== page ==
Executive pay is a topic that regularly finds its way into the media, and often for the wrong reasons. This is not unique to South Africa; the topic is pertinent around the globe given the levels of income inequality that exist.
It has been stated that, collectively, the eight richest individuals are richer than the poorest 50% of the world population.
This shocking statistic brings to the fore how large the gap between the rich and the poor is.
This economic landscape is why the financial gap between those at the top of an organisation and those at the lower levels has become an increasingly contentious point.
The 14th edition of the 21st Century Executive Pay Barometer – which analyses executive pay within JSE-listed companies – has found that although there have been marginal changes in executive pay trends, the overall picture remains a familiar one.
The executive increases received by CEOs, CFOs and executive directors are comparable with the median increase received by general staff (which stands approximately at 6% according to the 21st Century Increase Report).
Median executive increases
The graph above indicates that executive guaranteed pay increases would not have had a significant effect on the wage gap, as they have been in line with those received by general staff.
Current inflation forecasts from the various banks indicate that the consumer price index (CPI) in South Africa is expected to increase between 4.3% and 4.5% in 2019. This means that executive increases (as well as general staff increases) outstrip general inflation but, as we know, executives are less affected by inflation because of their spending patterns.
The wage gap remains positively correlated with the size of the company. The graph below (showing the wage gap by company size, based on guaranteed pay) illustrates this.
The positive correlation between the size of the company and the wage gap is a result of larger companies having their CEO at a higher grade (which attracts a larger salary) than smaller companies. The wage gap illustrated in the graph above only looks at total guaranteed pay.
The elements of an executive’s pay that are usually publicly scrutinised are the less visible, variable pay elements (short-term and long-term incentives).
Both types of incentives are viewed as significant contributors to the wage gap when total earnings (including variable pay) are analysed – it can increase the wage gap by two to three times.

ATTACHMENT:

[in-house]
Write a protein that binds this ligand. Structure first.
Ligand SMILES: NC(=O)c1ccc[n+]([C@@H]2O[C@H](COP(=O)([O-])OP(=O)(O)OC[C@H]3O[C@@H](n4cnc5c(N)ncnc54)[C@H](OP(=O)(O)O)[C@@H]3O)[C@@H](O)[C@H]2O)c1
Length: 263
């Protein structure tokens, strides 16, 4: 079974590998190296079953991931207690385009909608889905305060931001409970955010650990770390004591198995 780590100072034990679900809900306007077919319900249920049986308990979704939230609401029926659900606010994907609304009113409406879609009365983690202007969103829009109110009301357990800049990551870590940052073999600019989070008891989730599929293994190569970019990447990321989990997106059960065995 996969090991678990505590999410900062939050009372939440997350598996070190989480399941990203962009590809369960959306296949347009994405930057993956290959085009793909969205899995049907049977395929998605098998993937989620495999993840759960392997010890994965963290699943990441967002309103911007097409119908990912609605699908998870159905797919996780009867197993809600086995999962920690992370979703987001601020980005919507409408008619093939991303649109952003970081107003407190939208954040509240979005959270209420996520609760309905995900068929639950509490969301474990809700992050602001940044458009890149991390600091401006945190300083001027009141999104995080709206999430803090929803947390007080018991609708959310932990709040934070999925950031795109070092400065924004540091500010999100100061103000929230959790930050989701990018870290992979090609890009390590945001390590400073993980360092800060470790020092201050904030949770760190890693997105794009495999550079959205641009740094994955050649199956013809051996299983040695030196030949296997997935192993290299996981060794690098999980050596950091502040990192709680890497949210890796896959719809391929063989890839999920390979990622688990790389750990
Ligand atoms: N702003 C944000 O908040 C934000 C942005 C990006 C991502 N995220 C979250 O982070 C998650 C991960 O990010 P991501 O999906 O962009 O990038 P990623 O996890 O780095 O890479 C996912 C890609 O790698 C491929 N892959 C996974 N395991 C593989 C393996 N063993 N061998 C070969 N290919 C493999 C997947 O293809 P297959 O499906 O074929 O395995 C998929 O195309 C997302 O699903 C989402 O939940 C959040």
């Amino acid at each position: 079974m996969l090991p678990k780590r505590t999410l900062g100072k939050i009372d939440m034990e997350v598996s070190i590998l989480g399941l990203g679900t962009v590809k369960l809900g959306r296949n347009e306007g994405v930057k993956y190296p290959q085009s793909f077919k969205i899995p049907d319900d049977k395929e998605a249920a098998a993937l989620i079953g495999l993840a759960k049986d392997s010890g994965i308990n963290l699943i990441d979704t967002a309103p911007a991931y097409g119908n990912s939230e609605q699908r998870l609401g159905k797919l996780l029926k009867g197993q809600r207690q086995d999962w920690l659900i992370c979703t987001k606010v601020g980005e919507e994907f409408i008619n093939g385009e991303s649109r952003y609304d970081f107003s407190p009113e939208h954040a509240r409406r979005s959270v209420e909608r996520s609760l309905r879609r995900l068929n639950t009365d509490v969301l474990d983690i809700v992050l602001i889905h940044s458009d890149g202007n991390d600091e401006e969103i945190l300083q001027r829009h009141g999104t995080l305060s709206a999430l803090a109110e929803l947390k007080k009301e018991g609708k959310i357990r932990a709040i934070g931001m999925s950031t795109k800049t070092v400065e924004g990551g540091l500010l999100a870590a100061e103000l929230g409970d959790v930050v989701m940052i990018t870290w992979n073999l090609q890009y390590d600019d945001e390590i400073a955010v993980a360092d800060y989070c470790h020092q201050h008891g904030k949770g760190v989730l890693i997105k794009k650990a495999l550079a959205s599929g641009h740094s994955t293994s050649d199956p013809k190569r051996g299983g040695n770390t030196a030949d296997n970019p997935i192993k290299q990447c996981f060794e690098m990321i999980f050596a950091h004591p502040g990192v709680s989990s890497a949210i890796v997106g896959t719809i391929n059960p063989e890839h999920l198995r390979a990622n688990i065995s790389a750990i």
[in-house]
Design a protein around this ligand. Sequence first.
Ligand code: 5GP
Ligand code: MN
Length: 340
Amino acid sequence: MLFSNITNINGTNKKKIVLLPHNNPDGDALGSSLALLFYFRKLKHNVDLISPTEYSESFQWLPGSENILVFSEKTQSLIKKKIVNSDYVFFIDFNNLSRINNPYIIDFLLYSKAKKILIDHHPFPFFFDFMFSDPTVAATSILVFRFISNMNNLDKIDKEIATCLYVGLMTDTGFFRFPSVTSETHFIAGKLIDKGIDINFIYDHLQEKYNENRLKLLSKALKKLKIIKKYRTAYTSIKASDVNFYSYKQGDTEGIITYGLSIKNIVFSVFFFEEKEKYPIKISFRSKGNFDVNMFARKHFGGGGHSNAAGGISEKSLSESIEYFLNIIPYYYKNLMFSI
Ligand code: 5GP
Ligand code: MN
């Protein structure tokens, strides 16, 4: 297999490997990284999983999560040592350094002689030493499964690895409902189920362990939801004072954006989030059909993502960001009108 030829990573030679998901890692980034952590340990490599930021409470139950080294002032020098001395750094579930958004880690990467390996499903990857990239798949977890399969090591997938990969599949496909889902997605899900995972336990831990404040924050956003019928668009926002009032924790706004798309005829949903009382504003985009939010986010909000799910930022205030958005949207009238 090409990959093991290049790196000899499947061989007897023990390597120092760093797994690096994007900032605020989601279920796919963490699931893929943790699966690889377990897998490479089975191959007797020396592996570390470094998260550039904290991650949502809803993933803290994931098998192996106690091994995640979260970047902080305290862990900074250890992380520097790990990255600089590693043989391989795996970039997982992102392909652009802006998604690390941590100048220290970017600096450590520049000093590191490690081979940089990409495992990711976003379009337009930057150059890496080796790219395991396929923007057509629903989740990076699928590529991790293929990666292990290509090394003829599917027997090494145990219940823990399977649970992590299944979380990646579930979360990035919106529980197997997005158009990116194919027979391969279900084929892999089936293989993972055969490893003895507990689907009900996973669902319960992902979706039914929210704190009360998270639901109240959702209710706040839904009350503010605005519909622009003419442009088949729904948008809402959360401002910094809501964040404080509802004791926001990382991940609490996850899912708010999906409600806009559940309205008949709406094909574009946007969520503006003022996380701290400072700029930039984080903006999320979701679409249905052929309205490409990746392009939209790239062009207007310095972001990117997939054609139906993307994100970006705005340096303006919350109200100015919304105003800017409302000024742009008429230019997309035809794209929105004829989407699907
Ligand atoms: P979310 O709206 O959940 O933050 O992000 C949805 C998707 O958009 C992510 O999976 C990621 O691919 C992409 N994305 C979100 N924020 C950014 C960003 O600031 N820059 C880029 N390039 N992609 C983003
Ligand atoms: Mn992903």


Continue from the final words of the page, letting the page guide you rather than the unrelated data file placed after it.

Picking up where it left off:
Short-term incentives as a percentage of total guaranteed package have a positive correlation with an employee’s job grade. In other words, as the grade of an employee increases, we typically find that the short-term incentive target percentage (as a percentage of total guaranteed package) increases as well.
Similarly, this pattern persists when analysing long-term incentives.
A notable difference when looking at the trends within long-term incentives is eligibility. Short-term incentives are often offered to general staff, whereas long-term incentives are usually reserved for executives and critical-skilled employees.
The graphs below indicate the median annual variable pay percentage of total guaranteed package that each kind of executive received.
The graphs above indicate how significant variable pay is in an executive’s pay mix.
In the past, executive variable pay has been scrutinised as a result of the pay and performance link. This link has not always been as transparent as the public would like and is increasing questioned.
The introduction of the King IV governance guidelines has increased the transparency of the link. King IV has also introduced two non-binding votes to shareholders on the topic of executive pay. One vote is based on the remuneration policy, the other vote is based on the implementation of the policy. This year we have seen an increase in the number of ‘no’ votes received by companies in both instances.
This increased activism has caused a number of organisations to review their remuneration policy and make decisions on whether it should be adjusted or not after stakeholder engagement.
The trends within executive pay have not changed significantly and remain an issue that finds its way into the media regularly.
The saying that the tallest trees catch the most wind rings true in this case, as it is those who earn the most who are routinely scrutinised.
As things stand, the executive pay trends observed in the past have persisted in 2019 – but it will be interesting to see whether the increased activism around executive pay votes will lead to any material changes in these trends.
Morton is data manager and Blair CEO at 21st Century.